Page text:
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The way we work

At the request of banks, TMNL brings transaction data from business customers from different banks together and makes meaningful connections between this data. TMNL is creating smart models to detect these potentially unusual transactions. These models are used effectively and responsibly, while excluding risks — such as the risk of discrimination — in the process.

The links that these models make provide new insights into potential money laundering and the financing of terrorism. Small multidisciplinary teams, consisting of AML experts, data scientists, data engineers, and machine learning engineers, are creating these models and working together using a fixed approach.


  • AML experts from TMNL, banks and public parties discuss money laundering risks and patterns that TMNL could analyse.
  • TMNL coordinates its proposal for possible models with national priorities in the fight against money laundering, addressing money laundering in a way that banks in isolation cannot.
  • Based on inputs from the wider stakeholder field, TMNL proposes developing a specific model (e.g. on underground banking) as part of its model roadmap.
  • On approval by the banks, the actual building starts.

Build & run

  • AML experts define the new model’s objectives and principles in accordance with the wishes of the banks.
  • With data scientists, data engineers and machine learning engineers they design the new model, which is then tested in multiple iterations.
  • The data scientists and machine learning engineers write the technical code behind the model and make sure it interacts as expected with the selected TMNL data.
  • Samples are tested to validate and finetune the model, technical tests validate the code’s correctness.
  • Risks around data (quality), privacy, unintentional bias and ethical considerations are discussed internally (also with the TMNL Risk team), weighed, mitigated and documented.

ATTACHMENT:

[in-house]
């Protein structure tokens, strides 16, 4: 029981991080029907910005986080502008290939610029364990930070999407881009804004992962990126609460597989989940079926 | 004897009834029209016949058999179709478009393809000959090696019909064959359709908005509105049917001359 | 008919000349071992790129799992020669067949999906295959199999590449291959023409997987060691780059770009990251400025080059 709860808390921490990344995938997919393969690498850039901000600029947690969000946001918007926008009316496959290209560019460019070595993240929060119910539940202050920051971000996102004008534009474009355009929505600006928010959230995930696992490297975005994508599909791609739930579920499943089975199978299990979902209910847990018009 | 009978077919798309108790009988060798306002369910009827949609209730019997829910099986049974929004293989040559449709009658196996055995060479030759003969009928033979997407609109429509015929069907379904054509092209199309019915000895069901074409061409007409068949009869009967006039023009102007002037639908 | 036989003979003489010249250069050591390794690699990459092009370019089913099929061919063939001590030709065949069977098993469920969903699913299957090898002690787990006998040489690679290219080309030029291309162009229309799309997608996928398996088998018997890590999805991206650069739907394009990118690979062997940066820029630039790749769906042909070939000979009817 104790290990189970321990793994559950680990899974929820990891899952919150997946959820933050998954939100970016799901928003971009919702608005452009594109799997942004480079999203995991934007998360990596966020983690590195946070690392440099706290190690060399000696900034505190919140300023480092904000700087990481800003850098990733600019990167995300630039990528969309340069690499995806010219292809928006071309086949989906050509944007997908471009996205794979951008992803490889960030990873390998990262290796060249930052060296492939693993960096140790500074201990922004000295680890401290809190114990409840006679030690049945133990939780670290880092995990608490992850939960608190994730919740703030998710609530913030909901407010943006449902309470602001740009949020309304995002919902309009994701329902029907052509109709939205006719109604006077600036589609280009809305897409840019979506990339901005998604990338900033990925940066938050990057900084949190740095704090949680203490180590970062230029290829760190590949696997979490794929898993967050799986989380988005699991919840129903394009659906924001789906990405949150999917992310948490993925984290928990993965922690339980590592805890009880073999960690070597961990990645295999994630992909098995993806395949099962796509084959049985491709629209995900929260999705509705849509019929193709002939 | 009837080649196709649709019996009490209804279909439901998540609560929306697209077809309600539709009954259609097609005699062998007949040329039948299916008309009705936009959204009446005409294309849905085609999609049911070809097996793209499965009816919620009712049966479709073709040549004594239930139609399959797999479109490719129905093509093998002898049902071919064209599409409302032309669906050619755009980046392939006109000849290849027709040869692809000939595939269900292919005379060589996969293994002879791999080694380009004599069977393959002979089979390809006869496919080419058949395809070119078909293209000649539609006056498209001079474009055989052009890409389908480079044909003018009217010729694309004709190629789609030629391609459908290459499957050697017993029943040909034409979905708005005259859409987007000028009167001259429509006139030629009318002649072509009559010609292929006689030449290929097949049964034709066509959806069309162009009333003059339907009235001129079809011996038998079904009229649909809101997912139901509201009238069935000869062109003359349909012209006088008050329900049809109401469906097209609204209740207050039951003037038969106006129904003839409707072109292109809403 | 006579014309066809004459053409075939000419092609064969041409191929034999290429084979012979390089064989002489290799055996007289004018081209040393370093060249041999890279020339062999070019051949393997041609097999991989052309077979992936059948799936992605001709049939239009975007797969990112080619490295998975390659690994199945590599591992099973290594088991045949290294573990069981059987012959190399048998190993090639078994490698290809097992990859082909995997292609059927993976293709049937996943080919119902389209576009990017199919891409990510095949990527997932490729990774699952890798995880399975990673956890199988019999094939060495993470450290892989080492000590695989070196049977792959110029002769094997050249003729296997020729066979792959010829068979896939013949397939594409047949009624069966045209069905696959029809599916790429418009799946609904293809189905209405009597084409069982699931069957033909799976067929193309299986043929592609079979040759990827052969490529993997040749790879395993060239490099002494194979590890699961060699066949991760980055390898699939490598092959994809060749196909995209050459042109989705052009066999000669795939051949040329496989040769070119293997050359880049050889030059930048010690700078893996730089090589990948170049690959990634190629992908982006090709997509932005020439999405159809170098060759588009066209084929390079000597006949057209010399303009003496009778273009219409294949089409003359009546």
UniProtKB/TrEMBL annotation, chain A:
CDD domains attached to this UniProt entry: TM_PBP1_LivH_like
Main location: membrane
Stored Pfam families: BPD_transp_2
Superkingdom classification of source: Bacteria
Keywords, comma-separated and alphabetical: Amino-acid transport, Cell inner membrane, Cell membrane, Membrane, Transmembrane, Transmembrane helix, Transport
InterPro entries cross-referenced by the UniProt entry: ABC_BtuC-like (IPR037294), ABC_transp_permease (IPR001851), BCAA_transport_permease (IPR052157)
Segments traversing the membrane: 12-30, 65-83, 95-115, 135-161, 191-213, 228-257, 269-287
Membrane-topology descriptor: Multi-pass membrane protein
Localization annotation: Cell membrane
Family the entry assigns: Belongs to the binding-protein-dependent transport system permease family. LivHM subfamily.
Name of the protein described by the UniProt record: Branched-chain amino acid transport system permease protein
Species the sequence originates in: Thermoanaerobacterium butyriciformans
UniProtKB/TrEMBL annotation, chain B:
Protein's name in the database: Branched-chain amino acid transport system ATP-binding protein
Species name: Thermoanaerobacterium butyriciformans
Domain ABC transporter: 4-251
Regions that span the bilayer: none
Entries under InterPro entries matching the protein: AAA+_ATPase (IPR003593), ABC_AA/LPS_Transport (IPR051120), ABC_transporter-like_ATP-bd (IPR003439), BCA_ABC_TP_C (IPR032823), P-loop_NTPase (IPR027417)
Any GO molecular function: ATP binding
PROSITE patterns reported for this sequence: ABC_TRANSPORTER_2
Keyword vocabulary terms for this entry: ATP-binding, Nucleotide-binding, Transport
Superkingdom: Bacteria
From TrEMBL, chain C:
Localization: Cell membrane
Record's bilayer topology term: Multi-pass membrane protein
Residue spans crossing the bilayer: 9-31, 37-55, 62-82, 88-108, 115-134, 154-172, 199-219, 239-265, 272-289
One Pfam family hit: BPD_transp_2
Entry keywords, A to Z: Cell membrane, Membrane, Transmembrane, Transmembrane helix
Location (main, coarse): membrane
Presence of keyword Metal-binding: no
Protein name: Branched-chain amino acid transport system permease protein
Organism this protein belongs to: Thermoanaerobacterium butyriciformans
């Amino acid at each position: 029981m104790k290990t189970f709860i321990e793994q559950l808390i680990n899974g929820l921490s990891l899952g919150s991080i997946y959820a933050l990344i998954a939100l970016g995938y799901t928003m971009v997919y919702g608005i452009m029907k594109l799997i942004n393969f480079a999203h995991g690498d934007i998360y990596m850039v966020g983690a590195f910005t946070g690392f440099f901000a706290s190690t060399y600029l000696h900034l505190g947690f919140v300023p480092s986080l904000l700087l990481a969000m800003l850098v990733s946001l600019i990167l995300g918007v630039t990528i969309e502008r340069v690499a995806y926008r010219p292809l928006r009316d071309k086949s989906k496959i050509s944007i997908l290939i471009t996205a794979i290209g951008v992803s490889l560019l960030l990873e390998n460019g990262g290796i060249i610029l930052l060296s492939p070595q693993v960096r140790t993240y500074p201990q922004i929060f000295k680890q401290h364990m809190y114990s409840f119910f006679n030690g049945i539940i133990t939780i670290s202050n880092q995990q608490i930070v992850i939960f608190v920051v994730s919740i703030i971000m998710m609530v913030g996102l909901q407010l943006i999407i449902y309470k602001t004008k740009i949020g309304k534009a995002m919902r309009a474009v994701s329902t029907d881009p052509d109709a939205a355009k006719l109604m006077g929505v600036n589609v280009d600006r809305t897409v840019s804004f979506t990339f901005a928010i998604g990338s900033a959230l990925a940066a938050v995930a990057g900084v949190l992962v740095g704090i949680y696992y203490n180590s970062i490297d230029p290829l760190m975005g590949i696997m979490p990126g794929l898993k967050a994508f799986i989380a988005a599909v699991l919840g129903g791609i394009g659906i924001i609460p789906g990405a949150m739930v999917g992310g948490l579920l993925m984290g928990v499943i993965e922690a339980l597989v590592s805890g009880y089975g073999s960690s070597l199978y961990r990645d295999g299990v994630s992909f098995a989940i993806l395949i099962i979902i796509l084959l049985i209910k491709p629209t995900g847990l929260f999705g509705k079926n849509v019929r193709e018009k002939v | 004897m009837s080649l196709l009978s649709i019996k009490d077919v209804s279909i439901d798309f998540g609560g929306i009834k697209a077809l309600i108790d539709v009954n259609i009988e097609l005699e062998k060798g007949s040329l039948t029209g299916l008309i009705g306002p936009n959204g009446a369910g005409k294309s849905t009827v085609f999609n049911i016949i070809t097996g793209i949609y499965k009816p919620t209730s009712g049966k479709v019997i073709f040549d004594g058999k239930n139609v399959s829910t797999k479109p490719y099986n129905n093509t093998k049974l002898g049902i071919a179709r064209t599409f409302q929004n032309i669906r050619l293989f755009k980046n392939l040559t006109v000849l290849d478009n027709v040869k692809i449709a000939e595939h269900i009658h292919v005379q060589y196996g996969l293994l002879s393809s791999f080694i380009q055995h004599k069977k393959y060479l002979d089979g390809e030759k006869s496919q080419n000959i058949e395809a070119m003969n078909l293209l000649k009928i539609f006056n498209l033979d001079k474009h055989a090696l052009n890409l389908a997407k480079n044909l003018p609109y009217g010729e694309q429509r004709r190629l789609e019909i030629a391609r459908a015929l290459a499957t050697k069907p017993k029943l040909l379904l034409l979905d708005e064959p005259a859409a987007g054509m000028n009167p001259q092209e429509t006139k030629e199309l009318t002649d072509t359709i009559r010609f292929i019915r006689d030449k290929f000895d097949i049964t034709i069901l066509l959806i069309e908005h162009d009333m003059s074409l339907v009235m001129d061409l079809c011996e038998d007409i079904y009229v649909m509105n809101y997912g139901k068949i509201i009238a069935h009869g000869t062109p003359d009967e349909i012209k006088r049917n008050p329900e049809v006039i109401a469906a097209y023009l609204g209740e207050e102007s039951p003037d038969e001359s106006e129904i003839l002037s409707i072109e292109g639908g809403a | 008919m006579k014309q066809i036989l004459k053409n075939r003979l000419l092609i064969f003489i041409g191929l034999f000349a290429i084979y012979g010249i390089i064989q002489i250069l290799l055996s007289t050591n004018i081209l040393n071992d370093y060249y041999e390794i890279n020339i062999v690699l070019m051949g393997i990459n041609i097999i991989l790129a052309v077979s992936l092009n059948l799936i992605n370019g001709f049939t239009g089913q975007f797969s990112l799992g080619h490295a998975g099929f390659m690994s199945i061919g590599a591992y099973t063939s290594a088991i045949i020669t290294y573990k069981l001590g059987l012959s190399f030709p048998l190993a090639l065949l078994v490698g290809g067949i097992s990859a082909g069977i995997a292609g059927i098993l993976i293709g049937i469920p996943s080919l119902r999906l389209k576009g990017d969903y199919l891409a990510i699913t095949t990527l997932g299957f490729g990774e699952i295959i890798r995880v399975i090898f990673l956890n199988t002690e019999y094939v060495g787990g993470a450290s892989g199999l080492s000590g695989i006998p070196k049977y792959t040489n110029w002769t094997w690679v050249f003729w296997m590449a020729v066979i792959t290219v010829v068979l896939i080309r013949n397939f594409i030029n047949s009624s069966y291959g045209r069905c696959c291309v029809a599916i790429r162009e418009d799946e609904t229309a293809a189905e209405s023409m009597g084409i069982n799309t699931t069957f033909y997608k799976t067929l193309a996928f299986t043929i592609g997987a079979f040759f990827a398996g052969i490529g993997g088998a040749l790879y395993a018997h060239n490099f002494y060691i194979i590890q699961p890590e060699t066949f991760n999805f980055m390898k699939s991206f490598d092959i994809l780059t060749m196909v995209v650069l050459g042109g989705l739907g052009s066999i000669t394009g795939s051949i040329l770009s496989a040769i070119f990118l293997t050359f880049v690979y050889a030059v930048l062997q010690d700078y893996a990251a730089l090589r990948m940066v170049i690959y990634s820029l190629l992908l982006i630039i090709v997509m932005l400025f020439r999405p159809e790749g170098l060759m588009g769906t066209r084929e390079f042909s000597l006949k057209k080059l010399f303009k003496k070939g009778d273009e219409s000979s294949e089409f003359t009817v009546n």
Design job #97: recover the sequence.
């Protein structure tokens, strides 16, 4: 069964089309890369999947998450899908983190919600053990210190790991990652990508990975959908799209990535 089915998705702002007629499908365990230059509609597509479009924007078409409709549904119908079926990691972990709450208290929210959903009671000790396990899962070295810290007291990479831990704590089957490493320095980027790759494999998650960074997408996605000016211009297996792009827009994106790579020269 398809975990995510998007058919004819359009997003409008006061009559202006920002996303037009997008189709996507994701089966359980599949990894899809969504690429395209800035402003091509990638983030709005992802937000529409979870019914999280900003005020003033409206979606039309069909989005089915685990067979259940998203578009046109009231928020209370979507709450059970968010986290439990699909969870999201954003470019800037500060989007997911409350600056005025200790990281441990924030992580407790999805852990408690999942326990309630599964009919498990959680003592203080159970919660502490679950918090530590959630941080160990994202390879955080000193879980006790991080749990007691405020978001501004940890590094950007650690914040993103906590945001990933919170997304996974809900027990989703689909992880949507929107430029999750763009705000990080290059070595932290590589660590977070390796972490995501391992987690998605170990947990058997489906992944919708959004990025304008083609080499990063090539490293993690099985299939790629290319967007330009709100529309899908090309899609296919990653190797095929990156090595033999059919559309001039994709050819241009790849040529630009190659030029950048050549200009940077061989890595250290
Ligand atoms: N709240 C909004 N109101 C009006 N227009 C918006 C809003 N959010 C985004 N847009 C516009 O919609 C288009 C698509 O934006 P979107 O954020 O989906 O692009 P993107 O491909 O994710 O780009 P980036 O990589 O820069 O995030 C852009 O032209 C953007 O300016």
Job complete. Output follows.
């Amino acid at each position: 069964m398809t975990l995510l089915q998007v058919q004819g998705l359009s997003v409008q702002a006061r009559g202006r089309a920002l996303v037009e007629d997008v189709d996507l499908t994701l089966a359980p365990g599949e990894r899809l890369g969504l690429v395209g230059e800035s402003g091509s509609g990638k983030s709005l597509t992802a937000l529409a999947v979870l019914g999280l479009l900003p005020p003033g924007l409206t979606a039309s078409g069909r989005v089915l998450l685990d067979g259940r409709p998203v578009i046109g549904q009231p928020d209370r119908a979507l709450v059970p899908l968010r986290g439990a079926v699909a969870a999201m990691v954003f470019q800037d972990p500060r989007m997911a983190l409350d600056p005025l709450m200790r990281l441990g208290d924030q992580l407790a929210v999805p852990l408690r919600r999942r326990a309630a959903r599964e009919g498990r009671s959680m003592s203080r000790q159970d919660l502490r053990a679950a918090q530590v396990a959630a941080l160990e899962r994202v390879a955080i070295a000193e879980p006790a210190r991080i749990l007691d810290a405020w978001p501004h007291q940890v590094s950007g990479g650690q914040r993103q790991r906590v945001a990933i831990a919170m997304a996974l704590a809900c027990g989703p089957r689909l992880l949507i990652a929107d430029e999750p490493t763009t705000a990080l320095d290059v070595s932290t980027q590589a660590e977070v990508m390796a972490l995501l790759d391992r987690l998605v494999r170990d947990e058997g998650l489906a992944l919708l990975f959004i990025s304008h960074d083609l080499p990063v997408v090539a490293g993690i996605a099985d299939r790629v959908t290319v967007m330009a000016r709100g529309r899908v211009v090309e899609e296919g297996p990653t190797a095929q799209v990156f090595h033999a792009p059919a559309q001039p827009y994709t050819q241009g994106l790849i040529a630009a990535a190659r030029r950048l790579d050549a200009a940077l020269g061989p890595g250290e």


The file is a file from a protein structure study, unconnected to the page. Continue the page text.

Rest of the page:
• On approval by the TMNL Model Board and User Council (in which the banks are represented), a first test batch of alerts is shared with the banks for review.

Follow up

  • Specialised alert reviewers in the banks receive specific training and guidance on the new model.
  • Reviewers can access the alert and guidance in the TMNL alert review portal, where they can also document their feedback. Access to client and transaction information is obtained through the bank’s system.
  • Data specialists at the bank link the alerts to the bank’s own internal datasets to provide the reviewers with the required information.
  • Reviewers investigate the alert in the context of the client profile, and contact the client for further information if needed.
  • Feedback on alert level is sent to TMNL, without disclosing information on the client or the final judgment on the alert.


  • TMNL evaluates the feedback that the alert reviewers provide through the portal.
  • The model’s performance (effectiveness) is analysed quantitatively and qualitatively.
  • TMNL investigates how the model can be improved and made more effective.
  • TMNL investigates how the model can be improved and made more effective.
  • Following feedback and approval by the TMNL Model Board and User Council, TMNL can either develop an enhanced version of the model or abandon the model.
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